Life is brutal for factory farm hens, and, once their egg-laying days are over, their deaths are just as gruesome -- if not worse.
The Humane Society of the United States (HSUS) just released a report on its undercover investigation of a Minnesota plant that makes a business of slaughtering "spent" hens -- birds that, at around 18 to 24 months of age, have worn out their egg-laying ability. Their fate, according to HSUS, is marked by an inhumane method of slaughter that ends in many being scalded alive.
Wayne Pacelle, the group's president and CEO, highlighted a few of the most disturbing allegations in a blog post that accompanies the undercover footage:
-Each day many birds were scalded alive and forced upside down into tanks of scorching hot water in which they drown. In just one 30-minute period, the HSUS investigator witnessed approximately 45 such animals. This possible violation of Minnesota’s anti-cruelty code has been reported to local authorities.
-Hens were removed from crates and shackled upside down while alive and fully conscious. Their removal began with workers jabbing metal hooks into the densely packed transport cages to rip hens out of the cages by their legs.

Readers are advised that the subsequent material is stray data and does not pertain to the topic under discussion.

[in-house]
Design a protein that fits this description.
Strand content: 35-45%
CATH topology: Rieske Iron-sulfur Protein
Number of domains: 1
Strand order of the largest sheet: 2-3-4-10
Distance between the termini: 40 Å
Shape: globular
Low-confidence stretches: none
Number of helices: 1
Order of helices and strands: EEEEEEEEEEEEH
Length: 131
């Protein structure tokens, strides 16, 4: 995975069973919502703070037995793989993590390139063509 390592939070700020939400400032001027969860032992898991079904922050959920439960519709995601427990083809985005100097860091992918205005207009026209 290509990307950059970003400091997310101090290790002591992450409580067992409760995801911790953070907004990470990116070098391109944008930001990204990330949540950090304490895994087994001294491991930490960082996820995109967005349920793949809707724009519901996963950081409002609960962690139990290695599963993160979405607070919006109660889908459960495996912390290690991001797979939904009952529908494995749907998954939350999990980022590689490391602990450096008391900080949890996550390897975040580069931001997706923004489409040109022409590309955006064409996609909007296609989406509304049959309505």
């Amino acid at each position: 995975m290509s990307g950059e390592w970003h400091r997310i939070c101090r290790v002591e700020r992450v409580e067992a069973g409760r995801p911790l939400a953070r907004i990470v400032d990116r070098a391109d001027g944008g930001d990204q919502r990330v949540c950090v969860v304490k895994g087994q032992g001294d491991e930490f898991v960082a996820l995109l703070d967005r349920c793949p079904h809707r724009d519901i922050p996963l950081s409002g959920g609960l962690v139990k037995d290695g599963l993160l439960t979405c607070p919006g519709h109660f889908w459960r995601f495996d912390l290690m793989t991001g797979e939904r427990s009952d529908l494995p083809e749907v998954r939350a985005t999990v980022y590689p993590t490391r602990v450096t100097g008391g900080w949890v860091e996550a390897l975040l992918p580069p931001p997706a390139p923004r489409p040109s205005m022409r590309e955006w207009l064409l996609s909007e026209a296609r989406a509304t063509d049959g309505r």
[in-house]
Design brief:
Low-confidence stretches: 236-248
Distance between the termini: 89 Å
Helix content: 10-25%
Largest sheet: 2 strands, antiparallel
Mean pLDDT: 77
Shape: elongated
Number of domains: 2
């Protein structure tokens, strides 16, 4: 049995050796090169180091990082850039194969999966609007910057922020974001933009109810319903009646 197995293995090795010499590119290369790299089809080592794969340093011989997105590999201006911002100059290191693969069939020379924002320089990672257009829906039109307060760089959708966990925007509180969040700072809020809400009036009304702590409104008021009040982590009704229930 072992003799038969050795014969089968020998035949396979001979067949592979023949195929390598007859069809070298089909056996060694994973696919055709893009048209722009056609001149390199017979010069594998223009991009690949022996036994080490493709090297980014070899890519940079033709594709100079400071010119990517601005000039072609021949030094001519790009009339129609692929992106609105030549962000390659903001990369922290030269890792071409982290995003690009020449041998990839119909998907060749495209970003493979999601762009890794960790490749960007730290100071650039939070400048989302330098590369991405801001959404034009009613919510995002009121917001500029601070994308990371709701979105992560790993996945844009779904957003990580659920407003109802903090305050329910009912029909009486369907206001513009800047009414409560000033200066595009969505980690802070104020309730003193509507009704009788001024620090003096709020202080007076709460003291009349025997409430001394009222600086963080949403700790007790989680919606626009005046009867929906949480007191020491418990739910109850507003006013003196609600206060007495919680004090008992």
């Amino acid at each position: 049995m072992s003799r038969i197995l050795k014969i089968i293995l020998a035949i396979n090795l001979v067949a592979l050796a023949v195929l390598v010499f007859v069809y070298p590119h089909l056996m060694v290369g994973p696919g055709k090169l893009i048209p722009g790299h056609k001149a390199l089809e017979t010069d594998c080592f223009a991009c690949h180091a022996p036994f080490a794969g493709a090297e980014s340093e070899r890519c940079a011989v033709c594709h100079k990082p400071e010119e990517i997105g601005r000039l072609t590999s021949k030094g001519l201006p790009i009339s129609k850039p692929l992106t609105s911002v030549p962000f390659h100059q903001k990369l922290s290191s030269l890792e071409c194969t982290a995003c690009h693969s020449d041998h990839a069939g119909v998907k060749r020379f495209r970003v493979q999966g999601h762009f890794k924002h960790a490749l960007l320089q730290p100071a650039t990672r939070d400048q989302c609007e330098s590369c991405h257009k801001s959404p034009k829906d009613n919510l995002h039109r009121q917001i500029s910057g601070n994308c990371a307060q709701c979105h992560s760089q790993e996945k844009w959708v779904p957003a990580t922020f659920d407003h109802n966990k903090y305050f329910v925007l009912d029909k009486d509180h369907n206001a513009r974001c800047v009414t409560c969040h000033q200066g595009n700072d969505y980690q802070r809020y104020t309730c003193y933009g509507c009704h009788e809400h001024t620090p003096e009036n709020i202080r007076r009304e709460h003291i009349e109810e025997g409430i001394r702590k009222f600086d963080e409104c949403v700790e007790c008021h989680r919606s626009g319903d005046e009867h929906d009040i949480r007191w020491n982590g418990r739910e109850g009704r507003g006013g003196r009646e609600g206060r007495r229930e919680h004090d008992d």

-Birds were ineffectively stunned and inhumanely killed. After being shackled, the line of upside-down birds moved through an electrified trough of water designed to stun them—although that was not always the outcome.
The footage implicates the company in question, Butterfields Food Corp., as engaging in practices that, aside from being potentially illegel, definitely belie its motto: "We Love Old Hens.”
Butterfields denies any illegal activity at the plant. “There are industry guidelines, and we are in compliance with all of them,” Terry Fruth, an attorney representing Butterfields,said in the company's defense. “There are government rules, and we follow them.” If that does turn out to be the case, it's all the more reason to be outraged.